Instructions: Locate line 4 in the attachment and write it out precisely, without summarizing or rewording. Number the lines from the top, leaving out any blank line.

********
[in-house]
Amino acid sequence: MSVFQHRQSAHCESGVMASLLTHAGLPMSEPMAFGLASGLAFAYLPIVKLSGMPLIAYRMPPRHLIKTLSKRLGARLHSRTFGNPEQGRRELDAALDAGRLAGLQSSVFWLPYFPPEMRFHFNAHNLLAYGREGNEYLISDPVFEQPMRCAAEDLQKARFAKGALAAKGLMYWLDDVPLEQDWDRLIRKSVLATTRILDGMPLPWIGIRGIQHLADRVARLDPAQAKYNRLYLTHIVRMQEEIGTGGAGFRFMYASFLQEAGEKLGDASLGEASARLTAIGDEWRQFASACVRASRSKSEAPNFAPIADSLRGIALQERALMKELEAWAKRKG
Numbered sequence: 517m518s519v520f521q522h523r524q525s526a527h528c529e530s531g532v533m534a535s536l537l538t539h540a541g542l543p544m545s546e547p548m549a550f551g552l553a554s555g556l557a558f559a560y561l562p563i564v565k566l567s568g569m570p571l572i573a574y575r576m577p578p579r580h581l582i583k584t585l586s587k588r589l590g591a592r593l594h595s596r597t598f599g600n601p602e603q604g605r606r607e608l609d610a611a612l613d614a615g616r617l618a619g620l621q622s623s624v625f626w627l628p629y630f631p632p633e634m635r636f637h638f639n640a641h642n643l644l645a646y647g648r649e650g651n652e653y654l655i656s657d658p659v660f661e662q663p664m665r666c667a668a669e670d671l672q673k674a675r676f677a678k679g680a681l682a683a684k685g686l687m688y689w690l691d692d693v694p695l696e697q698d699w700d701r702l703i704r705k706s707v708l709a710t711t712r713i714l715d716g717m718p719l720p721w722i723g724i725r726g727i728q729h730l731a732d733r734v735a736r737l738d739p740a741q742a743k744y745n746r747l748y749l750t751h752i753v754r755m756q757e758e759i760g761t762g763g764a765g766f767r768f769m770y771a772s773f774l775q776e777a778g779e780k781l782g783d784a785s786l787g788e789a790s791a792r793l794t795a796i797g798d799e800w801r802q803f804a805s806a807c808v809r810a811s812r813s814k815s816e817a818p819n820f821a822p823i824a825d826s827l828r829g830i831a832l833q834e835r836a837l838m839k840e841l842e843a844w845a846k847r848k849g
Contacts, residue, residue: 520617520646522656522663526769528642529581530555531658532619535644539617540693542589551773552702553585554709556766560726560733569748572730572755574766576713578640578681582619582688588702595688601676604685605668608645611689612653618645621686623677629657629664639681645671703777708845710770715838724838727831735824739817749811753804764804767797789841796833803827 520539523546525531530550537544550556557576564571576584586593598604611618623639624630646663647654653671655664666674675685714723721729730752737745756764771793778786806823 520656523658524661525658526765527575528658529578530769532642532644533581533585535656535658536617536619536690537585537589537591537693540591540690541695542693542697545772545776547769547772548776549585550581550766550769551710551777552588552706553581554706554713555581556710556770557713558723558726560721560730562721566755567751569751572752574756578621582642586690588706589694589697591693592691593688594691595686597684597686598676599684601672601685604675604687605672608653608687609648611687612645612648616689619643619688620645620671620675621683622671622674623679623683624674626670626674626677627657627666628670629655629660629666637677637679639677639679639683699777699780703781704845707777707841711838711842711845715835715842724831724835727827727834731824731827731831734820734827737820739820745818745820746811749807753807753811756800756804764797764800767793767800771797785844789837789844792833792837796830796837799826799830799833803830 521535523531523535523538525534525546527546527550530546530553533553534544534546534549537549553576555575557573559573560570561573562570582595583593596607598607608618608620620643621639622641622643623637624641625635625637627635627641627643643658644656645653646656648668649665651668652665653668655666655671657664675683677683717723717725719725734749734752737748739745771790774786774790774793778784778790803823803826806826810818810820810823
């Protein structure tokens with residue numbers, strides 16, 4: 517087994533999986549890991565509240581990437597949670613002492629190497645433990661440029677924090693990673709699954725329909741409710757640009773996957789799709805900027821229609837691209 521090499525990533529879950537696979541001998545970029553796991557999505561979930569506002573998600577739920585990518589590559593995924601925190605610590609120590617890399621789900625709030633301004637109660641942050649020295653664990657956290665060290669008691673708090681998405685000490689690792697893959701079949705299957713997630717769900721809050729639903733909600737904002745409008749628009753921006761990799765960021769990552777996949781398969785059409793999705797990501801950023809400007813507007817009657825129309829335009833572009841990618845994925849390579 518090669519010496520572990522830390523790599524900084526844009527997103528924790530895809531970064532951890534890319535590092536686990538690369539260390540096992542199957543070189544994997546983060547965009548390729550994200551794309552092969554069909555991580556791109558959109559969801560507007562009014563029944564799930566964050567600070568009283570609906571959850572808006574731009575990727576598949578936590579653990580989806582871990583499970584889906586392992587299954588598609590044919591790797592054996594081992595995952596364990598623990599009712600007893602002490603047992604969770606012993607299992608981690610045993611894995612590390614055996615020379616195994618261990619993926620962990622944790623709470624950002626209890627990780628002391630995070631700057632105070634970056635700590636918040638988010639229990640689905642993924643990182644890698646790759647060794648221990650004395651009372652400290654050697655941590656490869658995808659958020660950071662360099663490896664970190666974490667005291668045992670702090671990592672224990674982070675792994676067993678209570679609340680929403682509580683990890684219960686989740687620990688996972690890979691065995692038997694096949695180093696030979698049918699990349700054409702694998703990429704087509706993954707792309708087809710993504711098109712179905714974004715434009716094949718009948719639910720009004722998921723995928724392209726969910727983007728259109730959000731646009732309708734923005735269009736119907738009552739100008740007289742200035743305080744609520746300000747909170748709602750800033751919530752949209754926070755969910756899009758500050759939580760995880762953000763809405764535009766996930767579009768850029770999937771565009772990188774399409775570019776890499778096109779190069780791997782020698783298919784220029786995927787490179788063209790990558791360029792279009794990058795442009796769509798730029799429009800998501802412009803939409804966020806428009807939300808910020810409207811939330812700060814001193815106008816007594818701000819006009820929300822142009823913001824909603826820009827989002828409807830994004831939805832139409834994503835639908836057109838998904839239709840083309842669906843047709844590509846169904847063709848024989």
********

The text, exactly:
Contacts, residue, residue: 520617520646522656522663526769528642529581530555531658532619535644539617540693542589551773552702553585554709556766560726560733569748572730572755574766576713578640578681582619582688588702595688601676604685605668608645611689612653618645621686623677629657629664639681645671703777708845710770715838724838727831735824739817749811753804764804767797789841796833803827 520539523546525531530550537544550556557576564571576584586593598604611618623639624630646663647654653671655664666674675685714723721729730752737745756764771793778786806823 520656523658524661525658526765527575528658529578530769532642532644533581533585535656535658536617536619536690537585537589537591537693540591540690541695542693542697545772545776547769547772548776549585550581550766550769551710551777552588552706553581554706554713555581556710556770557713558723558726560721560730562721566755567751569751572752574756578621582642586690588706589694589697591693592691593688594691595686597684597686598676599684601672601685604675604687605672608653608687609648611687612645612648616689619643619688620645620671620675621683622671622674623679623683624674626670626674626677627657627666628670629655629660629666637677637679639677639679639683699777699780703781704845707777707841711838711842711845715835715842724831724835727827727834731824731827731831734820734827737820739820745818745820746811749807753807753811756800756804764797764800767793767800771797785844789837789844792833792837796830796837799826799830799833803830 521535523531523535523538525534525546527546527550530546530553533553534544534546534549537549553576555575557573559573560570561573562570582595583593596607598607608618608620620643621639622641622643623637624641625635625637627635627641627643643658644656645653646656648668649665651668652665653668655666655671657664675683677683717723717725719725734749734752737748739745771790774786774790774793778784778790803823803826806826810818810820810823